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Commission’s Decisions on the adequate level of personal data protection

The European Commission has the power to determine, on the basis of Article 45 of Regulation (EU) 2016/679 (GDPR) whether a country outside the EEA offers an adequate level of data protection.
The procedure for the adoption of an adequacy decision at the EU level involves:
- a proposal from the European Commission;
- an opinion of the European Data Protection Board;
- an approval from representatives of EU countries;
- the adoption of the decision by the European Commission.
At any time, the European Parliament and the Council of the EU may request the European Commission to maintain, amend or withdraw the adequacy decision on the grounds that its act exceeds the implementing powers provided for in the regulation.
The effect of such a decision is that personal data can flow from the EEA to that third country without any further safeguard being necessary. In other words, transfers to the country in question will be assimilated to intra-EEA transmissions of data.
A determination of adequacy of the data protection level may cover the entire territory of the third country, particular controllers and their ambit (in accordance with a specific legal framework, including a national law on data protection), or particular programmes for data exchanges or types of processing.
The European Commission has so far recognised the following 13 countries (listed alphabetically) as providing adequate protection: the Principality of Andorra, the Argentine Republic, Canada, the Faroe Islands, the Bailiwick of Guernsey, the State of Israel, the Isle of Man, Japan, the Bailiwick of Jersey, New Zealand, the Swiss Confederation, the Oriental Republic of Uruguay, the United Kingdom.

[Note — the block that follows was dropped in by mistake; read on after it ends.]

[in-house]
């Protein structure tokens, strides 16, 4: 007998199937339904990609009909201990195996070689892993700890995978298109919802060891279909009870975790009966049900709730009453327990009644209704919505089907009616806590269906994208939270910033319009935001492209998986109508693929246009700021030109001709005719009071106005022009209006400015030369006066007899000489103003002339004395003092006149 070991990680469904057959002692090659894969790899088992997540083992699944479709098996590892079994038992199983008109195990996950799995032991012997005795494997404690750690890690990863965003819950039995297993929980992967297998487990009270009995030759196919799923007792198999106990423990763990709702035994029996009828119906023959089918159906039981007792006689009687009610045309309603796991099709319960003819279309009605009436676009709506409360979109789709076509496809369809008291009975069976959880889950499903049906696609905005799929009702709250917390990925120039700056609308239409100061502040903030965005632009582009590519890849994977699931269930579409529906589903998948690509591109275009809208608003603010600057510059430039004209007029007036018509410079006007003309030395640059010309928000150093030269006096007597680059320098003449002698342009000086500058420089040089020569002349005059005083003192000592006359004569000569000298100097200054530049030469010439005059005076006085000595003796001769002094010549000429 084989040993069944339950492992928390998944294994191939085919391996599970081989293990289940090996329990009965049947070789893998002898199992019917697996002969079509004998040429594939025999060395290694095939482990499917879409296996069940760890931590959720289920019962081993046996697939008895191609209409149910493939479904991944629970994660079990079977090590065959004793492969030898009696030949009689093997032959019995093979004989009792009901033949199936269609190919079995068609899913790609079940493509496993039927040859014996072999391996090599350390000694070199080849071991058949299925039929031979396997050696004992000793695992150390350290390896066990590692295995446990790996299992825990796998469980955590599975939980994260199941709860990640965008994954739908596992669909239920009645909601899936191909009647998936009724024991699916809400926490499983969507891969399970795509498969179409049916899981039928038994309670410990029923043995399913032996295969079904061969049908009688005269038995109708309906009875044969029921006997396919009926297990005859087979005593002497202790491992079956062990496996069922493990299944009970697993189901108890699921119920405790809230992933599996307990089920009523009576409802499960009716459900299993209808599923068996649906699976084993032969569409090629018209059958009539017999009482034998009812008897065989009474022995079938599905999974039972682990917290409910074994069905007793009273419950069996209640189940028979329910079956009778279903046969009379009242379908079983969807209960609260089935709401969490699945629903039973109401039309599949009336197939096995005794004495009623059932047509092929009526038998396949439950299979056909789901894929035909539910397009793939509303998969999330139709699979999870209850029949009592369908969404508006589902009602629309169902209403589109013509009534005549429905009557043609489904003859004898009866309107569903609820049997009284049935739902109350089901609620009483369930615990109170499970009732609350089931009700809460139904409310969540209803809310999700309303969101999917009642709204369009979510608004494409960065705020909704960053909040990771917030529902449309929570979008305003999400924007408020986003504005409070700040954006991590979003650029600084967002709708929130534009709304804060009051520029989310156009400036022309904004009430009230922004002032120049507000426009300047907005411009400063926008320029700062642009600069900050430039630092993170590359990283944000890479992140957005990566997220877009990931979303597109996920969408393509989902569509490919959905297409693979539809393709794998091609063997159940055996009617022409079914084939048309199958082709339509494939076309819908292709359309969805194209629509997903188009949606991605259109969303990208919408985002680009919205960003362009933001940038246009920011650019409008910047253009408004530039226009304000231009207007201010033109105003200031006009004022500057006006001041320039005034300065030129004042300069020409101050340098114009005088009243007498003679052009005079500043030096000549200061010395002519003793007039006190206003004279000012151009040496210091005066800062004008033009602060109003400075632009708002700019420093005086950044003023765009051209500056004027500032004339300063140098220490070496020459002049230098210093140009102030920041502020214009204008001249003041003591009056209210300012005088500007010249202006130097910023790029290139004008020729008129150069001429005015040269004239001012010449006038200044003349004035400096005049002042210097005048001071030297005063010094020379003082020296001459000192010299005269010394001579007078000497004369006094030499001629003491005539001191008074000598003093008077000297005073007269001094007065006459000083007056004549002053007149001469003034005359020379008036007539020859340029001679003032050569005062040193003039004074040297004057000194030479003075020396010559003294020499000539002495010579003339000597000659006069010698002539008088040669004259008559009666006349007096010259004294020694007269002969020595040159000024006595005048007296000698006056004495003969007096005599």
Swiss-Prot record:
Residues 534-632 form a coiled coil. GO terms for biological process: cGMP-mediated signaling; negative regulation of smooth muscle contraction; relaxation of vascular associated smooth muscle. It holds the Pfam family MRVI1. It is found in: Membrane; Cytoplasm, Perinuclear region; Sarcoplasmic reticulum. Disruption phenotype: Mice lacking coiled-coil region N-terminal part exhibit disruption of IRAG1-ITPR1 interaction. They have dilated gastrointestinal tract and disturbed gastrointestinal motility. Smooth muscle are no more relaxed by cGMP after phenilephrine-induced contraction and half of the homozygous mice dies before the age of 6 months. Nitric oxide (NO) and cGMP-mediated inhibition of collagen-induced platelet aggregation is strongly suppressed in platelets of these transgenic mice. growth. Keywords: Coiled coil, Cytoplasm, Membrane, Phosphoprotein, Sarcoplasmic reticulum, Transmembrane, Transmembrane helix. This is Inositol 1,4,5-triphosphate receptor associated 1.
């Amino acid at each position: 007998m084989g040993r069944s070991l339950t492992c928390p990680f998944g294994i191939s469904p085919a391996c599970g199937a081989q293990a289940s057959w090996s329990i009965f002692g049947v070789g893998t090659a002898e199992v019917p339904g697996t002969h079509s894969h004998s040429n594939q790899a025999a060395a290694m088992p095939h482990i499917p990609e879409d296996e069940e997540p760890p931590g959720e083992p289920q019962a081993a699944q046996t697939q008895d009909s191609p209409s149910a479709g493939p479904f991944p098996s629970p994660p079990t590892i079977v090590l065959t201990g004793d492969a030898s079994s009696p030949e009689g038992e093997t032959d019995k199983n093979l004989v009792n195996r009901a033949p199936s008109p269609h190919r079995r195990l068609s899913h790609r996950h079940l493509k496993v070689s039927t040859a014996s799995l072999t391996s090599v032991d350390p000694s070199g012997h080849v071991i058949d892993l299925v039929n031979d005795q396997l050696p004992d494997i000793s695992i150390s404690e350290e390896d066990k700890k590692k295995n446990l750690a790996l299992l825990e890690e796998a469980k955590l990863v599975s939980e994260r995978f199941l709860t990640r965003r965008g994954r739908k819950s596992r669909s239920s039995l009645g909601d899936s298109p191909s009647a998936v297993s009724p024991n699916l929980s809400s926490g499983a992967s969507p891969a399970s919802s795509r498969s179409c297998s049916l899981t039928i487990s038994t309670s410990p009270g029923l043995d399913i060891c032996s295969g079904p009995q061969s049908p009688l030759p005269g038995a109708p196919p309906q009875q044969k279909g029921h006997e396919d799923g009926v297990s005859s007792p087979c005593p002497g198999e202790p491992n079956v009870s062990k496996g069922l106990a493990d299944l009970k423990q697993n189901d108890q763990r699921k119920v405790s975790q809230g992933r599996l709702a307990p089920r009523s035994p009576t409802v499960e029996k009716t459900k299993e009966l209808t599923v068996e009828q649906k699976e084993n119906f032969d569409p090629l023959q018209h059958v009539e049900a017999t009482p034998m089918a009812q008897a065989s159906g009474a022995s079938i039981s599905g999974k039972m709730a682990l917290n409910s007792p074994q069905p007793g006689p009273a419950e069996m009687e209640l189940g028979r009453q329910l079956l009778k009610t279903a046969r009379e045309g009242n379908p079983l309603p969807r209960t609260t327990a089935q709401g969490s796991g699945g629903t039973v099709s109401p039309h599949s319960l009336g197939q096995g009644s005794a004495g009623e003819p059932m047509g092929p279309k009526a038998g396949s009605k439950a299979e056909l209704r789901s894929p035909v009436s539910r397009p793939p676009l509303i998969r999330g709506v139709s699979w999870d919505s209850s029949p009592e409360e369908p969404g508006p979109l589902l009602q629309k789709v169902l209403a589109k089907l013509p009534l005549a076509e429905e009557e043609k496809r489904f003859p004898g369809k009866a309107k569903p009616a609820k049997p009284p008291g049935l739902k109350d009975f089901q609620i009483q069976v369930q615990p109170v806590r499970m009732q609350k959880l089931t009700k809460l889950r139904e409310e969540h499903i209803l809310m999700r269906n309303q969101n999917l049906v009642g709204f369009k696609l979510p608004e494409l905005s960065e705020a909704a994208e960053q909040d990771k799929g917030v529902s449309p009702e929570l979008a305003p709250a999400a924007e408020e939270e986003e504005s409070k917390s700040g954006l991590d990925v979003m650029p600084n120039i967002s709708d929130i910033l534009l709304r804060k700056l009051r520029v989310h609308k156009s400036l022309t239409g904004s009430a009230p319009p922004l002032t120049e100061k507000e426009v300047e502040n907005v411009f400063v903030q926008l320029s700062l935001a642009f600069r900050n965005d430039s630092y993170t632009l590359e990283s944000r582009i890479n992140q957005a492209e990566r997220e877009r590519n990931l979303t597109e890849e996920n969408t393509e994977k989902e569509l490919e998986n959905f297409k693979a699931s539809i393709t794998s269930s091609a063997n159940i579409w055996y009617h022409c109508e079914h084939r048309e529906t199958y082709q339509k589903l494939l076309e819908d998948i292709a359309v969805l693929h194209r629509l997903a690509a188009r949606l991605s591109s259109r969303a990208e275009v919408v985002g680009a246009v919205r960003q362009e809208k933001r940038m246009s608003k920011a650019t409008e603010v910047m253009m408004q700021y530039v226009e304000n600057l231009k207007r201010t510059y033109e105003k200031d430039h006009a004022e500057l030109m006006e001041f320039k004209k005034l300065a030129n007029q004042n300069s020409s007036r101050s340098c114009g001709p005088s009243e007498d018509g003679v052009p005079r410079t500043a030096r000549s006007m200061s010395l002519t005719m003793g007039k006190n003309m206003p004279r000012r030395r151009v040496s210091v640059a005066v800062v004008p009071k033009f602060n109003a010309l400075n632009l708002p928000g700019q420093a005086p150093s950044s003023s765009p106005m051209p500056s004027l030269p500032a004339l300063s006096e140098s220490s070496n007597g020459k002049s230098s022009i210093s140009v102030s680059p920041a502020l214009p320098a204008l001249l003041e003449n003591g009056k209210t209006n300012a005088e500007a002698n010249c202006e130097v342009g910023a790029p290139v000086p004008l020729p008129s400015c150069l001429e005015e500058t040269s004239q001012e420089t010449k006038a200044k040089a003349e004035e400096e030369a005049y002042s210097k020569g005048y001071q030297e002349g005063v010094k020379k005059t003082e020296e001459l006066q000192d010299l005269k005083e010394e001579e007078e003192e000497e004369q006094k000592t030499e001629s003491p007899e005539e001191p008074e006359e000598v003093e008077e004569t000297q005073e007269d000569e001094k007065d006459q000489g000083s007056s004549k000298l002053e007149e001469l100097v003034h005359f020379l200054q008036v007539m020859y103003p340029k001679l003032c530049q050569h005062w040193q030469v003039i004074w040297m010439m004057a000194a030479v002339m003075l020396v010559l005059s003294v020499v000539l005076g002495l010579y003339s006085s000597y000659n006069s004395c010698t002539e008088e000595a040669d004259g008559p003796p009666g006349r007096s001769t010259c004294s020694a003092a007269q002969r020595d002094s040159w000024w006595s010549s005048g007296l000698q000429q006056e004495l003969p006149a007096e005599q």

These adequacy decisions do not cover data exchanges in the law enforcement sector which are governed by Article 36 of Directive (EU) 2016/680.
In respect of the US, in 2016 the European Commission adopted an adequacy decision on the EU-US Privacy Shield, which was invalidated by a judgment of the Court of Justice of the EU of 16 July 2020. Therefore, data from an EEA country to the US should be transferred through an alternative tool for data transfers to third countries, chosen by the controller/processor, in accordance with the options laid down in Chapter V of the GDPR.
Adequacy talks with South Korea were concluded on 30 March 2021, and on 19 February 2021, the Commission launched the procedure for the adoption of two adequacy decisions for transfers of personal data to the United Kingdom, under the GDPR and Directive (EU) 2016/680 (the Law Enforcement Directive), respectively.
Decisions on an adequate level of personal data protection adopted by the European Commission by 20 April 2021:



Commission for Personal Data Protection, Sofia, 2 Prof. Tsvetan Lazarov Blvd.